- POSTED: 08 Jul 2014 08:36
A joint initiative encouraging users to be more conscious of the impact and implications of their online actions has been launched by the social network and Singapore's Media Literacy Council.
SINGAPORE: Growing up in the era where sharing content online is the norm, youths might be prone to posting content in a spur of the moment, which could be offensive or hurtful.
Such behaviour is what a joint initiative between Facebook and the Media Literacy Council (MLC) hopes to address, through an online resource guide to encourage social media users to think twice before sharing content on social media sites.
“Young people are pretty sophisticated about how to use their privacy controls, what they want to display and what they don’t want to display publicly. It is not that I think they don’t know how to (share content responsibly), I just think that reinforcing something that will ultimately become common sense and good sense needs to take place.” said Ms Marne Levine, Vice-President of Global Public Policy of Facebook, at the media briefing on the Think Before You Share initiative yesterday (July 7).
The initiative aims to remind social media users to make smart decisions about sharing information online, such as when posting personal information and images or sharing what other people have sent to the user. The guide also informs users of various avenues to seek help in situations where unwanted information about themselves have been shared online.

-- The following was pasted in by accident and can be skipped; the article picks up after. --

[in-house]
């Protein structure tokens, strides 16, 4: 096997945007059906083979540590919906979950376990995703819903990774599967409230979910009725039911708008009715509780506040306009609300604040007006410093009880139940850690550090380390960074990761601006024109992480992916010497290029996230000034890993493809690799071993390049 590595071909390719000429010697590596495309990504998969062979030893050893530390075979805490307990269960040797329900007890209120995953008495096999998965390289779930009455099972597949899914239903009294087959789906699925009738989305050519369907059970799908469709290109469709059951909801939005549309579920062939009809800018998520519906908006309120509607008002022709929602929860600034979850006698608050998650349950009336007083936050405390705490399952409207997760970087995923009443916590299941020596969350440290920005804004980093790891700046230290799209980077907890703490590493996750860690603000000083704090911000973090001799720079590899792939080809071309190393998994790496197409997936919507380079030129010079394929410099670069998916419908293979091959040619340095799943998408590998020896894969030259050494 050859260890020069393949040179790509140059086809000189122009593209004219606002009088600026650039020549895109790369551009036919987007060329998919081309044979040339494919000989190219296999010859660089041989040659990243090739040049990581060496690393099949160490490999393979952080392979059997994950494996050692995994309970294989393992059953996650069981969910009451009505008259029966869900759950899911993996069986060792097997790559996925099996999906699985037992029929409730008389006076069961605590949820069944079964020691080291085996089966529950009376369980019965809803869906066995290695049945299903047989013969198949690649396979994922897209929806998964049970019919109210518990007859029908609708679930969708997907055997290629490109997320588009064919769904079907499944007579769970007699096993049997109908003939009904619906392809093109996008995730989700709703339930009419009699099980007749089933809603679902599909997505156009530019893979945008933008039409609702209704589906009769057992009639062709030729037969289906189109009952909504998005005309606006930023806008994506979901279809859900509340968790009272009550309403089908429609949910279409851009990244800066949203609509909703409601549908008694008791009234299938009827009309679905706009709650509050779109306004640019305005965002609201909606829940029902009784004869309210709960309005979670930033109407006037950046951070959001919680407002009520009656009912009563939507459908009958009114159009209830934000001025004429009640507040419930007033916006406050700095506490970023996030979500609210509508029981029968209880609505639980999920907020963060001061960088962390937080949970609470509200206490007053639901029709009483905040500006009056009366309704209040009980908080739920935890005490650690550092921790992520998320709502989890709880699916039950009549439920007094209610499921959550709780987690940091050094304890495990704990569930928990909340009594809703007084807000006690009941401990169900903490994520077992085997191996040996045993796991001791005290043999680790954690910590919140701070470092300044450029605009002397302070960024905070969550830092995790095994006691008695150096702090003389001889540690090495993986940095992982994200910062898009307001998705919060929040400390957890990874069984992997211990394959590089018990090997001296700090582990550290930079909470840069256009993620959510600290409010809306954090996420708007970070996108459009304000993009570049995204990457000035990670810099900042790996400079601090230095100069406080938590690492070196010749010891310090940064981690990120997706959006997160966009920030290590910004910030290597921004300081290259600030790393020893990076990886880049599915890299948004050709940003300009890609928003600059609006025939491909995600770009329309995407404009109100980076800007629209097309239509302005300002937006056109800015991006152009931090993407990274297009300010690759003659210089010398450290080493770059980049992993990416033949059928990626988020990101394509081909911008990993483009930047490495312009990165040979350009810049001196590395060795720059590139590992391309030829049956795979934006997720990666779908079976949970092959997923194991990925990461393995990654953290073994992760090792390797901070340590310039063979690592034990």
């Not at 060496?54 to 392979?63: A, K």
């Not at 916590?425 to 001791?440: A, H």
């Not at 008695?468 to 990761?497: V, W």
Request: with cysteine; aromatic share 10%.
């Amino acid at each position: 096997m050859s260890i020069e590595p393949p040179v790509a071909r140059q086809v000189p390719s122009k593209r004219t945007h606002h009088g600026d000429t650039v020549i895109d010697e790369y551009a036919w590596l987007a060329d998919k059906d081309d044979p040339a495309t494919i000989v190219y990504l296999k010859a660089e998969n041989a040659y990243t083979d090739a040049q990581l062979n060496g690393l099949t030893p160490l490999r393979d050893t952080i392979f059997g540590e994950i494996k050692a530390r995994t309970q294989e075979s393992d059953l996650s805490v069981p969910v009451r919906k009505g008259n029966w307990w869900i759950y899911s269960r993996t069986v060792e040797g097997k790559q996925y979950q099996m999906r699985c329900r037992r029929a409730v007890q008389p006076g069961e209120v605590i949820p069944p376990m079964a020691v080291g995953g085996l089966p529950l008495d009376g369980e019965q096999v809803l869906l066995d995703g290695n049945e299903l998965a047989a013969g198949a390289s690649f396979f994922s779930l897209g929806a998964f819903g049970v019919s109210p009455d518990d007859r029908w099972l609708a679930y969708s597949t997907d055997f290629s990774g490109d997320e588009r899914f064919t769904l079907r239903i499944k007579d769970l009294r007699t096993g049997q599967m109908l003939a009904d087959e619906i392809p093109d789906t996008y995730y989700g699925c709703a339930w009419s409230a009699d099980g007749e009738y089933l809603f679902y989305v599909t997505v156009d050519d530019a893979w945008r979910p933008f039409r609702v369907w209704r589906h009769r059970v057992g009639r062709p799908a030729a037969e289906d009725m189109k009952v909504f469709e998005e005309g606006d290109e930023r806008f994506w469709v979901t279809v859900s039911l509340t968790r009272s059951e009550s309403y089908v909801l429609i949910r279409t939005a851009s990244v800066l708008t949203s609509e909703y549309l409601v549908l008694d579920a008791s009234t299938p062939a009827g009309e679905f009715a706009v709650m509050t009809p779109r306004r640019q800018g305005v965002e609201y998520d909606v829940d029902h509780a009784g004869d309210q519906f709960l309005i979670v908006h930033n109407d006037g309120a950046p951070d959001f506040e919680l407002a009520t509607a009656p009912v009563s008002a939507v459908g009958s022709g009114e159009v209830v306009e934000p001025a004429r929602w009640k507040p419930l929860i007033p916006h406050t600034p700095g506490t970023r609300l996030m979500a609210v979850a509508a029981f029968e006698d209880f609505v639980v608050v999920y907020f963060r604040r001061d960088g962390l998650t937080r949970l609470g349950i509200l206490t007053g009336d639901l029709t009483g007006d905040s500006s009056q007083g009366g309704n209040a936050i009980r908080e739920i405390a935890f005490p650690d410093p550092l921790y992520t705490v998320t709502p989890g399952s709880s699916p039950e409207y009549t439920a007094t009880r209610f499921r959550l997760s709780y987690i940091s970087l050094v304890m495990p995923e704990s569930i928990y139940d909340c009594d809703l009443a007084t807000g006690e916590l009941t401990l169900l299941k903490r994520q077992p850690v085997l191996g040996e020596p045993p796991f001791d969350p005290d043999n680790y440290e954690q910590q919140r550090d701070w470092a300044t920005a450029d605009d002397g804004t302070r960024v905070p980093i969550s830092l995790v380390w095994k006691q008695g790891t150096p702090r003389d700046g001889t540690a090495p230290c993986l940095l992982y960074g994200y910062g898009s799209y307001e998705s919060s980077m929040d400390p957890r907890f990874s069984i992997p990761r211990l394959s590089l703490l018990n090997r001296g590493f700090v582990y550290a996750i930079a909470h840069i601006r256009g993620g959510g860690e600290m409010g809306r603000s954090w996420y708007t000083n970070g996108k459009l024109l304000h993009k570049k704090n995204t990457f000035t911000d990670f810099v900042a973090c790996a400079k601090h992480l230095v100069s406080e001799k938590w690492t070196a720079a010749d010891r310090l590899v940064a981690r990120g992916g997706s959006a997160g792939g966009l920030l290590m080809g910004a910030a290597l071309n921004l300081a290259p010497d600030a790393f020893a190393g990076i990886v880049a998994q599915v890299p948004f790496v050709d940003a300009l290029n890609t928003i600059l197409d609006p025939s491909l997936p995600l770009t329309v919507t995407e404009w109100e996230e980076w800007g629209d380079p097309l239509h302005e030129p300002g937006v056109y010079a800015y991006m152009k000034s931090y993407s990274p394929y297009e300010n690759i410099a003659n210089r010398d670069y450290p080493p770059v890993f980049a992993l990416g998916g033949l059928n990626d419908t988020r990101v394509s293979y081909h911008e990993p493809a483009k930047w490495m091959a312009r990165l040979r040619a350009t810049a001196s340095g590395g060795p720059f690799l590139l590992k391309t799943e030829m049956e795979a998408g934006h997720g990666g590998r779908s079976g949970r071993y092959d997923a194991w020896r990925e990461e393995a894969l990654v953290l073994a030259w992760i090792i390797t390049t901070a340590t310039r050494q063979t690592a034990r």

Professor Tan Cheng Han, chairman of the MLC, reiterated the importance of raising the awareness that the online world is not that different from the real world.
“For example, we would never allow our children to make friends with a stranger whom we don’t know and whom we have never met before. The same ought to be the case when our children start engaging in social networks - why should there be any difference?" he said.
“We tell our children to be careful about how they speak in public, and similarly how and what they share on social network is what (parents) should be educating them about. In other words, the daily things that good practice for the offline world are equally applicable for the online world.”
Ms Levine said that a series of workshops with educators and parents will be conducted, leading to the Safer Internet Day-a media literacy campaign spearheaded by the MLC — which is supported by the Media Development Authority — next February.
Singapore is the first South-east Asian country to launch the Think Before You Share guide. The guide has also been launched in four other countries: Canada, the Czech Republic, Australia and Hungary.
The guide can be assessed at http://fb.me/thinkbeforeyoushare.